Looking for info on building a house

Discussion in 'Off Grid Living' started by d42, Jun 23, 2013.

  1. goinpostal

    goinpostal Monkey+++

    If you chainshell stuccoed the outside of the containers with a7"layer of pumicecrete.It's the equivalent of R-30 insulation,it's fireproof,and deadens sounds,and vibrations(commonly used in airport structures).
    Pumicecrete is lava rock/pumice stone,mixed with just enough Portland cement added to make it stick.
    Chainshell is the use of wire fencing to reinforce the pumicecrete(commonly "used chainlink").
    Many Crete plants carry the pumice stone for drain field rock.It can also be found by the bag at most box store garden sections as landscape rock.
  2. HK_User

    HK_User A Productive Monkey is a Happy Monkey

    I think the R value is much less, it falls in a range somewhere between 0.8 and 1.5 per inch. After all it is a stone and as such conducts heat or cold.
  3. goinpostal

    goinpostal Monkey+++

    The R-value of pumicecrete can vary greatly depending on its purpose.
    When used structurally it has more density from using more Portland cement in the mix,thus a lower R-value.
    When used as a coating like stucco,where structural integrity is not much of an issue. Pumicecrete's R-value is way higher than the stats you posted.
    This is because only enough Portland cement is used to make it stick/bond together.
    Monolithic domes use approx.4"of high density polyurea foam with an R-v of 60.It takes approx.14" of pumicecrete to equal that R-value.
    So half of that(7") should equal R-30.
    This is what pumice stone looks like:


    Its full of tiny air bubbles that are what gives it its insulative value.The good stuff actually floats on water.
    Here's some examples of pumicecrete in practice:

    flyingconcrete.com - Google Search

    I'll start another thread for those interested,so as not to hijack this one.Gotta roll out now to get my load.
    Last edited: Nov 22, 2013
  4. HK_User

    HK_User A Productive Monkey is a Happy Monkey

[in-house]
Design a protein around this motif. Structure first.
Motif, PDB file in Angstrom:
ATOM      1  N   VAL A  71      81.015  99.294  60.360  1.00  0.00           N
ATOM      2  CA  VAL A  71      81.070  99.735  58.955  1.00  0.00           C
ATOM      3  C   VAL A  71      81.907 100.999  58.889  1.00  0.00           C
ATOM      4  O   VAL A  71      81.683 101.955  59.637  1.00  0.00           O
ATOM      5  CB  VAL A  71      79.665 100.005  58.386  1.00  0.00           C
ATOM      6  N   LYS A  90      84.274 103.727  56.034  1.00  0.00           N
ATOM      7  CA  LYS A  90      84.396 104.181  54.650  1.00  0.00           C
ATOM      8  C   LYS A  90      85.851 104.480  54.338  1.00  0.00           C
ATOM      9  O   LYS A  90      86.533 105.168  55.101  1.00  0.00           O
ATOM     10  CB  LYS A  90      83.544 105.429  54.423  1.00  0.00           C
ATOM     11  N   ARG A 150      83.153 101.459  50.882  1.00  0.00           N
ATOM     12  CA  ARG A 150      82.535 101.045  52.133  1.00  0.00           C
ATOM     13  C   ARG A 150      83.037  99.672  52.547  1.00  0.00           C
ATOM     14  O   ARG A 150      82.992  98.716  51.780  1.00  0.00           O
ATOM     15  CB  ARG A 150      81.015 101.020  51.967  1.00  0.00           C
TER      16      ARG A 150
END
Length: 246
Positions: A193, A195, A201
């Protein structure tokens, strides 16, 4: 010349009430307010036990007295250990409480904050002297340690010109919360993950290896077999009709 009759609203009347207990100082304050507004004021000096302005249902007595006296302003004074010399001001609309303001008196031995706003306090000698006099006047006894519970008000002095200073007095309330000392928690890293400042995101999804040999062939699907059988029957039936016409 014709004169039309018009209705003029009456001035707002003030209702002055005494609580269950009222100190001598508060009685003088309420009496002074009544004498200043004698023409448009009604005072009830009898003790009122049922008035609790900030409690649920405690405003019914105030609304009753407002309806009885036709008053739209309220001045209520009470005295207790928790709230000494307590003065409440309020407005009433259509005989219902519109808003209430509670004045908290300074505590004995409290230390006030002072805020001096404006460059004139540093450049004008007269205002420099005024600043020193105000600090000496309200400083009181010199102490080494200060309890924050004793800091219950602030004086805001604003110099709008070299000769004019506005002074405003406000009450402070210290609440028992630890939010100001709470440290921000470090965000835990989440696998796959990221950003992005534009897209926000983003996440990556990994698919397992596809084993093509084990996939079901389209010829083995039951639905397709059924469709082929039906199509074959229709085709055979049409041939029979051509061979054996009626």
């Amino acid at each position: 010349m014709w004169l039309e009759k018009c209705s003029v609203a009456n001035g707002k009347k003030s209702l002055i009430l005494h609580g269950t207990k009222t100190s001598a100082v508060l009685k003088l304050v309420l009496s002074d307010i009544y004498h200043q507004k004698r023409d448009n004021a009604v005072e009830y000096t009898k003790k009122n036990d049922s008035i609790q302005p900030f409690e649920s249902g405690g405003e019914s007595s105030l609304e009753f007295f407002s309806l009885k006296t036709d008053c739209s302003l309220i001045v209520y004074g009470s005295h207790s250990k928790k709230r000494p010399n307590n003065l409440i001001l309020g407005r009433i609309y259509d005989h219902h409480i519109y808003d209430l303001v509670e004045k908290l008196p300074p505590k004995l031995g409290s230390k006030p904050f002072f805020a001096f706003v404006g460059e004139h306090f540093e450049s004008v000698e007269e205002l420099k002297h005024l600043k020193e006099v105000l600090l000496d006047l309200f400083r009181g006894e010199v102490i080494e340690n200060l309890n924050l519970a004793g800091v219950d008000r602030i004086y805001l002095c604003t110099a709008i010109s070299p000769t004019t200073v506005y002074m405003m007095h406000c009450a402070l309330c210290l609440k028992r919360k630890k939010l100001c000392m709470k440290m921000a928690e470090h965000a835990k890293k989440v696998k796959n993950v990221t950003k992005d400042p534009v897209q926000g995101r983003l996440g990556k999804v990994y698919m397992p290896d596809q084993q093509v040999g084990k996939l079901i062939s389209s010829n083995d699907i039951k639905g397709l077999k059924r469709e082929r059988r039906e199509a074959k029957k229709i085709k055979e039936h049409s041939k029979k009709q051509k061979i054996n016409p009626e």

Might you have your source for the R value you suggest? In this the ASTM C518 standard would apply.
  5. Gopherman

    Gopherman Sometimes I Wish I Could Go Back to Sleep

    Its better to build into a hillside or underground. Constant year round temp. avg. 55* year round.
    this makes it easier to heat in the winter and you don't sweat to death in the summer.
    Quonset huts in a half circle configuration are ideal for this application and there cheap, Dig out a hillside (keep dirt close) install rough out plumbing for waste water, sink- toilet, Pour foundation, install Quonset hut, tar the roof, don't forget to install 2 x 12"pvc pipes for fresh air, then put the dirt back on top.
    Finishing out the inside is a matter of how creative you are. When your finished with it there really no reason you should be able to even tell its a Quonset hut.
    If you want I have some rough schematic plans I have drawn up, I would be happy to share them with you.
    It'll cost about 8,000 once your done with everything, But you'll save a fortune on
    Heating and cooling. Wood gasification stoves are easy to build and if you set them up right you can heat your home and water, as well as cook on them. See Youtube vids. for Ideas.
    Rocket stoves work very well too, Youtube is a great source of info. Some really smart cats on there, (some really dumb ones too) but I have learned so much over the last year by actually building some of the stoves I found there, they work great.
    Good Luck
    Last edited: Nov 30, 2013
    enloopious and BTPost like this.
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